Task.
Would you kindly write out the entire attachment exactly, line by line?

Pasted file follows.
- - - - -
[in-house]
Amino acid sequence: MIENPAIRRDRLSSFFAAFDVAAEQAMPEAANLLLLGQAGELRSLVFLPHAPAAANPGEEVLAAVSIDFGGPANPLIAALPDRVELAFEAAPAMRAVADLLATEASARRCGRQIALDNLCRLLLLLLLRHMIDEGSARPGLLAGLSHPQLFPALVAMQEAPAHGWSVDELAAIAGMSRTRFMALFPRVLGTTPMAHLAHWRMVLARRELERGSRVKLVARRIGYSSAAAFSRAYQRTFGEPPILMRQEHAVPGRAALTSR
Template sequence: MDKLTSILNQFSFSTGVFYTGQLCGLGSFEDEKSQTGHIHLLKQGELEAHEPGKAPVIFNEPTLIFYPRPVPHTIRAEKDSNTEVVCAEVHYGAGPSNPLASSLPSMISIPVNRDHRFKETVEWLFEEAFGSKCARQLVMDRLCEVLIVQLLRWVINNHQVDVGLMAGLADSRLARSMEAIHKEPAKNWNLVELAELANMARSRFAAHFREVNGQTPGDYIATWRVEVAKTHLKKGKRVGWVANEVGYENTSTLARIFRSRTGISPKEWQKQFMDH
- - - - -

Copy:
[in-house]
Amino acid sequence: MIENPAIRRDRLSSFFAAFDVAAEQAMPEAANLLLLGQAGELRSLVFLPHAPAAANPGEEVLAAVSIDFGGPANPLIAALPDRVELAFEAAPAMRAVADLLATEASARRCGRQIALDNLCRLLLLLLLRHMIDEGSARPGLLAGLSHPQLFPALVAMQEAPAHGWSVDELAAIAGMSRTRFMALFPRVLGTTPMAHLAHWRMVLARRELERGSRVKLVARRIGYSSAAAFSRAYQRTFGEPPILMRQEHAVPGRAALTSR
Template sequence: MDKLTSILNQFSFSTGVFYTGQLCGLGSFEDEKSQTGHIHLLKQGELEAHEPGKAPVIFNEPTLIFYPRPVPHTIRAEKDSNTEVVCAEVHYGAGPSNPLASSLPSMISIPVNRDHRFKETVEWLFEEAFGSKCARQLVMDRLCEVLIVQLLRWVINNHQVDVGLMAGLADSRLARSMEAIHKEPAKNWNLVELAELANMARSRFAAHFREVNGQTPGDYIATWRVEVAKTHLKKGKRVGWVANEVGYENTSTLARIFRSRTGISPKEWQKQFMDH